We all know what a face scrub is but have you heard of a scalp scrub? WHAT? Okay, I take that as a no. Neither have I…till I watched episode 36 of Get It Beauty that focused on scalp health.
That particular episode was all about scalp care and an expert hairstylist had recommended a hair scrub that supposedly helps to loosen buildup on the scalp.
By now, some of you are probably asking the necessity of scrubbing our scalp. Well, I would have asked the same had I not learned a thing or two about scalp health prior to this.
Like the skin on your face, your hair follicles can suffer from clogging due to sebum buildup. Perhaps some of you have felt some tiny pimples when you touch your scalp? Well, that’s one of the signs that your hair follicles are clogged and infected by bacteria.
While a pimple or two on your scalp probably won’t do damage but it can get more serious if most of your hair follicles are clogged and inflamed. The result could be dandruff or worst, hair loss.
Clogged hair follicles results in hair loss
This is because when your hair follicles are clogged, they become unhealthy. Your hair will fall off easily and new hair growth will be impeded. You can try to apply hair growth tonic but the clogged follicles also mean that very little of the tonic is penetrating through those heavy sebum buildup to get to the roots of your hair. You’ll end up with wasted hair tonic…and wasted money.
Now before you get all dismal and disheartened, I’m telling you the solution. Simply keep your scalp clean of sebum buildup. Doing so not only ensures healthy hair follicles and in turn, healthier head of hair but it’ll also contribute to hair growth.
This is why we have clarifying shampoos that are formulated to cleanse excess buildup. Unfortunately, these shampoos are best used to remove product buildup on the hair, not so much on the scalp. To better remove prolonged sebum buildup on the scalp, you’ll need to use a scalp mask or a scrub.
Noticed the concept is not that different from exfoliating your face regularly to prevent clogged pores?
An easy DIY scalp scrub recipe
Coming back to episode 36 on Get It Beauty, the audiences were pre-arranged to have their hair follicles scanned prior to the start of the program. After some of their scalps were scrubbed, before and after scans of their hair follicles were shown and the results were evident after the scrub was used.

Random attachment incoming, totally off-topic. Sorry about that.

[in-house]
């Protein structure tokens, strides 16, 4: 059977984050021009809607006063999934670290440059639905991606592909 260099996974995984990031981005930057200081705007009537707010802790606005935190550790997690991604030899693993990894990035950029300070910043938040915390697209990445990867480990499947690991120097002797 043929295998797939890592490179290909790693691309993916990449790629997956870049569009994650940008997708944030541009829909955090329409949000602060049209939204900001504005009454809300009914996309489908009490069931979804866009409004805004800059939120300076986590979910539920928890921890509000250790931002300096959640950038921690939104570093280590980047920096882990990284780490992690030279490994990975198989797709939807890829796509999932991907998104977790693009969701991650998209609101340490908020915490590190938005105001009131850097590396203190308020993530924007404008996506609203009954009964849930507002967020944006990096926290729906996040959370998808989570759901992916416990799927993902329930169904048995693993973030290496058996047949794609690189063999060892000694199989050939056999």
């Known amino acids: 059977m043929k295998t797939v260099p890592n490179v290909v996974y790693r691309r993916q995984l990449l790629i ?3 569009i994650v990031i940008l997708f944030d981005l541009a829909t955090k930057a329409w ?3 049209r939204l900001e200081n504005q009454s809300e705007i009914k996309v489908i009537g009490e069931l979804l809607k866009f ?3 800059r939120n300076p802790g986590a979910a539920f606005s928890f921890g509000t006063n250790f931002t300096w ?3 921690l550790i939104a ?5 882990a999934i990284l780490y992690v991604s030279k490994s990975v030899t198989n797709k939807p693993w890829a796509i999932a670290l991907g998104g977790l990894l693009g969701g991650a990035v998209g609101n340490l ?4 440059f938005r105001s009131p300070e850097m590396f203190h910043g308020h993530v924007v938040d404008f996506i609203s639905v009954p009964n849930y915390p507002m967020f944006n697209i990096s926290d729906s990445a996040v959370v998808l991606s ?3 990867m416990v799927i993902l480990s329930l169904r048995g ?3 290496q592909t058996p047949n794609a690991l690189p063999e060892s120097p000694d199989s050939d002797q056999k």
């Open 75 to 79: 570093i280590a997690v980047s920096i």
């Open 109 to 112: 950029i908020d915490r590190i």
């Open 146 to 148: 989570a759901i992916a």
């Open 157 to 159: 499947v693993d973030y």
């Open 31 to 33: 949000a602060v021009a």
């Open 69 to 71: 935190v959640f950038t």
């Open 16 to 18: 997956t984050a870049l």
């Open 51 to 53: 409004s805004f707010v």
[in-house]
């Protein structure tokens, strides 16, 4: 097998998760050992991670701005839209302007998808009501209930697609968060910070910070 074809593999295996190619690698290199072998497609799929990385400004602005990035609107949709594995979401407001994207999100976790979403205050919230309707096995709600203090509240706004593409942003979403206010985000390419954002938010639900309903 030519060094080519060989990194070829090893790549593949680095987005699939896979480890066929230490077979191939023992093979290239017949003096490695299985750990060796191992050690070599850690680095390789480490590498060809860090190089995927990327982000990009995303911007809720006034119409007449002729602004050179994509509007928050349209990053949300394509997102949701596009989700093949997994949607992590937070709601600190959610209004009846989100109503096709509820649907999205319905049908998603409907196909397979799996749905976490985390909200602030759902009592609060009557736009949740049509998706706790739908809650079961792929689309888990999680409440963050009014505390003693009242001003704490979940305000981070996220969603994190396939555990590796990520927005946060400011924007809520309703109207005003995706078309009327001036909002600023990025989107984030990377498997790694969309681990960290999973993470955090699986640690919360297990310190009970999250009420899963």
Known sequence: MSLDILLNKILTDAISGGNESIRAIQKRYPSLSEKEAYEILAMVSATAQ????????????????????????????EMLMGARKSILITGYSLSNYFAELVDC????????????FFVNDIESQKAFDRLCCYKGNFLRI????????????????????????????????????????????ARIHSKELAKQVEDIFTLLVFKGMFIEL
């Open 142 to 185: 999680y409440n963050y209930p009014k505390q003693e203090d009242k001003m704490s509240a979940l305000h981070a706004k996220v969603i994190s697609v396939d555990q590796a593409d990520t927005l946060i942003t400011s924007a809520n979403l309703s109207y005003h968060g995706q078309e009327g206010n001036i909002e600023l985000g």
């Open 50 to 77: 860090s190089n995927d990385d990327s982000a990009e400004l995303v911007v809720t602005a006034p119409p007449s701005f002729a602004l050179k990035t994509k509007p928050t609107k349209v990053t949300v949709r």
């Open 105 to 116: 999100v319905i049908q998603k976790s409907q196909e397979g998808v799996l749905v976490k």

Hair follicles that were flaky with plenty of buildup cleared up considerably after a scrub. Even the red and inflamed ones look a lot calmer. I was most intrigued!
You see, I’ve been spending hundreds of dollars on treatments to cleanse my scalp of excess buildup and to promote hair growth. Now if I can get my hands on a product that can do the job and yet save me money, why not?
But when I looked around, I realized there were limited choices…at least in Singapore. I think Kiehl’s offers a Deep Micro-Exfoliating Scalp Treatment but it’s probably pricey. So I figured out it should be easy to make a DIY scalp scrub considering we already have lots of recipes for the face.
After digging around, I found recommendations to use sugar or sea salt. Because I’m not fond of using sugar out of fear of what insects they might attract, I decided on a sea salt scrub.
Sea salt is detoxifying and is great for purifying. Plus its drying properties suit my oily scalp. I also know for a fact that sea salt will create more volume for my hair…at least temporarily.
How to prepare and use sea salt scalp scrub
This DIY scalp scrub recipe is easy to prepare. Just scoop about 3 to 4 tablespoons of sea salt (not table salt and certainly not rock salt) into a container and pour coconut oil into the container. Mix the oil with the sea salt and it’s ready.
To use, make sure you first wet your hair. If you don’t, your hair might break after using the scrub. Also, it’s hard to scrub when your scalp is dry.
Once you have wet your hair, just rub the sea salt scrub directly onto your scalp by section. Massage your scalp and add more water along if the scrub gets too dry. (The massaging helps to promote better blood circulation that’ll encourage hair growth.)
Leave the scrub on for a few minutes before you rinse it off and shampoo. After shampoo, consider using a hair growth tonic as your hair follicle is now clean and more ready to receive the nutrients. Otherwise, blow dry and style your hair as usual. You should find your scalp clean and your hair looking fluffier after the wash.
Drying and not great for hair color
Although this DIY sea salt scalp scrub is easy to use and fairly effective in cleansing the scalp, it has its drawbacks.
First, sea salt is drying. This means that I can’t use sea salt too frequently as it’ll leach water from my hair and cause my hair to become parched and brittle.
The coconut oil counters the dryness somewhat but a sea salt scrub isn’t great for hair color either. Using it regularly can cause my hair color to fade quickly. Not so great when I’ve spent money to get my hair professionally colored.
Finally, if you have a scalp wound, please do not use a scrub. You have heard of the idiom “do not rub salt into the wound”? Well, take it literally here.
But this DIY recipe is quite effective in removing buildup on the scalp. I know because I just had my hair follicle scanned a few days ago. I haven’t done a scalp treatment for three months so the cleaner follicles must be the work of the sea salt scrub.
I might try a commercial scalp scrub in time to curb my curiosity. But for now, I’ll make do with this DIY recipe. At the least, it cost much less than a salon treatment. I just need to remind myself not to use it more than once a week.
Any of you tried a scalp scrub or game to try one now that I show you how?